How to Deal with the Fact that You Have to Go Home This Summer: A Guide to Not Studying Abroad

When I think of the school year ending, I feel more than a little gloomy. Sure, academics are stressful, and my body is falling apart, thanks to a shockingly unstable sleep schedule and constant colds. Even so, when I think about wrapping up my first year of college (meaning that there are only three more... yikes), I feel a creeping sense of melancholy. What about my friends? What about adventures in New York? Worst of all, where ever will I put all my intellectual curiosity, anxiety, and fears of inadequacy? These questions have been haunting my sleep.

It also doesn’t help that I don’t have a particularly glamorous or resume-building summer lined up—in fact, I’ll be working in a barbecue restaurant back home in Minnesota. However, when I take a moment to think about it, I realize some time back in the Midwest might be exactly what I need this summer. So for anyone dreading a “boring” summer at home—whether due to financial reasons, family responsibilities, or, like me, your parents actually wanting to see you (wild)-- here is how I’ve reframed the situation to have a more positive outlook:

The fact that I can even be sad about this means I’m already ridiculously privileged

Yes, it would be cool to spend the summer in Greece. Do you know what’s also cool? Living in freaking New York City! Do you have any idea how many movie scenes I’ve acted out while living here? I’m already constantly surrounded by beautiful, famous settings and incredible people. The fact that I can gripe about having to live somewhere slightly less bustling than New York simply proves how lucky I really am. Besides already getting to live in New York. . .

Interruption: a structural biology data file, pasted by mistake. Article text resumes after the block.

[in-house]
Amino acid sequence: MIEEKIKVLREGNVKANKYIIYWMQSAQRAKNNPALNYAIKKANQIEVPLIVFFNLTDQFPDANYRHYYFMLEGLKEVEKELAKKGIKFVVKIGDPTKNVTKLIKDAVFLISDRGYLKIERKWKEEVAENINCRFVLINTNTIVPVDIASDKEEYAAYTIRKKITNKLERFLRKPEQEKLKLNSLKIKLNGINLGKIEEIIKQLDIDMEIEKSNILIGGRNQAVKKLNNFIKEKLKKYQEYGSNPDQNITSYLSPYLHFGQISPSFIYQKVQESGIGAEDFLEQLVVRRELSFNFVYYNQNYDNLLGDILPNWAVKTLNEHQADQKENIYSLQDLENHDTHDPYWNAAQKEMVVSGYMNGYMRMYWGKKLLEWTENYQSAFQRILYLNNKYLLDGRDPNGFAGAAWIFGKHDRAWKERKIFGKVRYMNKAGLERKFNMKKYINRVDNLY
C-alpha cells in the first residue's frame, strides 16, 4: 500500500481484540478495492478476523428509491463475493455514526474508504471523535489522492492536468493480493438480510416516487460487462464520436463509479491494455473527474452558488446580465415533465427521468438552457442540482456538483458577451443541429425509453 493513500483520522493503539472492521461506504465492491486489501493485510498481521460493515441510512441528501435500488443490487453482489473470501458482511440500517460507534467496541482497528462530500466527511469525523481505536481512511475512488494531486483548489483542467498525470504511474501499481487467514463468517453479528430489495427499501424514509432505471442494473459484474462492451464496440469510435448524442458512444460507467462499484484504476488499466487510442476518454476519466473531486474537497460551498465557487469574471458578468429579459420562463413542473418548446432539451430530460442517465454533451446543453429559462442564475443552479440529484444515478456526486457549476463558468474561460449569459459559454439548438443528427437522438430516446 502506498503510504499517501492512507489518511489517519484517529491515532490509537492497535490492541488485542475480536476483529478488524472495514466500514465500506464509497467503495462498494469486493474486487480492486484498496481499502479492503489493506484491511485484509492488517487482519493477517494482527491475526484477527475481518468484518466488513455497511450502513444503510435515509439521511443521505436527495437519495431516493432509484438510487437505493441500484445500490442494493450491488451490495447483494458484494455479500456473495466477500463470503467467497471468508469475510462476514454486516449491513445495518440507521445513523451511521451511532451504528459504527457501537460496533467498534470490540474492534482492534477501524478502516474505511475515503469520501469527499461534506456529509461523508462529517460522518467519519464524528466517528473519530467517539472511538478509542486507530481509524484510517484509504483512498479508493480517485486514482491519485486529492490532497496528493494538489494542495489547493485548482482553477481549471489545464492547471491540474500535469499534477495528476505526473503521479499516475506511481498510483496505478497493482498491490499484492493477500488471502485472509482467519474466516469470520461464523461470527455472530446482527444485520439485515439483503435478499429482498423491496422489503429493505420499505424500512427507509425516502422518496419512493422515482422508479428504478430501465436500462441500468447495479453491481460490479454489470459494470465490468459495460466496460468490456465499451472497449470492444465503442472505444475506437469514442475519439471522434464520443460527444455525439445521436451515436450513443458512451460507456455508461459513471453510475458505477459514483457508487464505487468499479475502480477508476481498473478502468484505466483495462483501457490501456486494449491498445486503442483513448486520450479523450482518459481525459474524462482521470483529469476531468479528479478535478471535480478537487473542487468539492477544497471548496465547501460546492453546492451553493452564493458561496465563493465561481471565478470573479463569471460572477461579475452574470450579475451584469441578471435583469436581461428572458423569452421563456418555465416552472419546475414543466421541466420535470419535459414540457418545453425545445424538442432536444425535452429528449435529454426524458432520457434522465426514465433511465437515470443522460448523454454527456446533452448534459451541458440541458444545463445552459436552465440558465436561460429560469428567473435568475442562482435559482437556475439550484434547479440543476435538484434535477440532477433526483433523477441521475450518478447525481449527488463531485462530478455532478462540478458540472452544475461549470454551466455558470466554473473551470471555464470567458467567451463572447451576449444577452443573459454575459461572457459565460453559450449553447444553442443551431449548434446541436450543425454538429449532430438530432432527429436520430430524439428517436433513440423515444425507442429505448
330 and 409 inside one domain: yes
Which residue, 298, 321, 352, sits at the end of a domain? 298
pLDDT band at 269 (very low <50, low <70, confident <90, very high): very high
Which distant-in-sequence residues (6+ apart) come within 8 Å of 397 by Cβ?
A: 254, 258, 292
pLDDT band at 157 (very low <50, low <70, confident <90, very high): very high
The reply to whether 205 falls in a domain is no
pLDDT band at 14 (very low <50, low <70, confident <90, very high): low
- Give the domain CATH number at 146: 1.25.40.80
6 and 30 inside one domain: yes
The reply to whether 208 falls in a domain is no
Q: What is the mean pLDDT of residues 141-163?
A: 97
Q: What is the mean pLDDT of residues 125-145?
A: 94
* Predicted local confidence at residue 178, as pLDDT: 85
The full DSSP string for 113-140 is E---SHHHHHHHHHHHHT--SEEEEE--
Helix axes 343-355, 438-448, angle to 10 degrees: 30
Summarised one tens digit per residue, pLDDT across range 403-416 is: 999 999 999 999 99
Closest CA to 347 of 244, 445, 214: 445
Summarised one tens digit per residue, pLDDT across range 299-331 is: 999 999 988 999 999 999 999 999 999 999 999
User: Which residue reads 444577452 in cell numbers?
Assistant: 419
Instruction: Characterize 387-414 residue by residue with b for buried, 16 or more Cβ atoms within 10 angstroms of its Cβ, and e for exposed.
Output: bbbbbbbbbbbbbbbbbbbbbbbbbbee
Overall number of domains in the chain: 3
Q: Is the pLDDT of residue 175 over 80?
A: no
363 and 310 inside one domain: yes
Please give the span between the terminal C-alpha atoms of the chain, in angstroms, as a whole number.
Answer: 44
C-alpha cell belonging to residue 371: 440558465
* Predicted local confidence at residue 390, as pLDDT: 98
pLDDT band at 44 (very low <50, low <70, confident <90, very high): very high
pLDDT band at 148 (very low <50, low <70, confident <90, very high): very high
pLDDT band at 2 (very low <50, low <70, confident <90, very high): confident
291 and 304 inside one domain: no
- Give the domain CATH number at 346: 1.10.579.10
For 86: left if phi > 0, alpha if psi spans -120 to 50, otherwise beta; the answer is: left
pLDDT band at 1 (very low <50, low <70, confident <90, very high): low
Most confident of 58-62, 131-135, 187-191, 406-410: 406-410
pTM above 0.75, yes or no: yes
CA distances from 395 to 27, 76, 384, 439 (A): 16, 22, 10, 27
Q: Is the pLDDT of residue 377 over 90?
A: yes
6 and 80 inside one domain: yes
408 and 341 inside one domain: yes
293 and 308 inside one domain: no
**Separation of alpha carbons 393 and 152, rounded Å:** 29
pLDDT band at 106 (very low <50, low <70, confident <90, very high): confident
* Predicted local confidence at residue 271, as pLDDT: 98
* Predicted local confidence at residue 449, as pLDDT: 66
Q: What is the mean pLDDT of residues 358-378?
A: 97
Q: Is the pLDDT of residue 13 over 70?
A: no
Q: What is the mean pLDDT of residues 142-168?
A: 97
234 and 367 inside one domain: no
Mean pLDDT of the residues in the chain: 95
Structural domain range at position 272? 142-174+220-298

I really, really like being home

I love my family. I love my friends. I love my dog. I love, love, love sitting and doing literally nothing. This is my little brother’s last summer at home before he graduates high school, and I’m planning on maximizing our gossip sessions while I’m home this summer. It will also quite possibly be the last “real” summer break of my life—a time where I don’t have many responsibilities and can just relax and enjoy the people I love, while also considering that. . .

I spend a lot of money here in NYC

As I said, I’ll be working this summer, and it didn’t take much reflection to remember that New York City is one of the most expensive cities in the world. So, I’m really grateful for the opportunity to earn some more coffee/ramen/metro card money while back home by working in family-owned restaurant with food that’s delicious and affordable. It’s also nice working in a small town—where else do your parents regularly visit your place of work, and bring your dog, too? When I’m not working, you’ll probably be able to find me...

Enjoying nature—I never would have guessed

As previously stated, I adore NYC, but a city of eight million people really does limit the available trees per capita. Until this year, I’ve always considered myself an indoor girl,but since I started living somewhere so crowded and so busy, I often catch myself daydreaming about the eerie silence of my backyard. I’m really looking forward to spending time swimming in still-freezing lakes and laying in hammocks, without having to worry about traffic, crazy strangers, or rivers with dead bodies in them.

For all of these reasons—and many, many more—I’m grateful to be going home this summer. I can’t wait to spend time with my family, friends, and (most importantly) dog. So farewell for now, big city—the Midwest calls, and I must answer.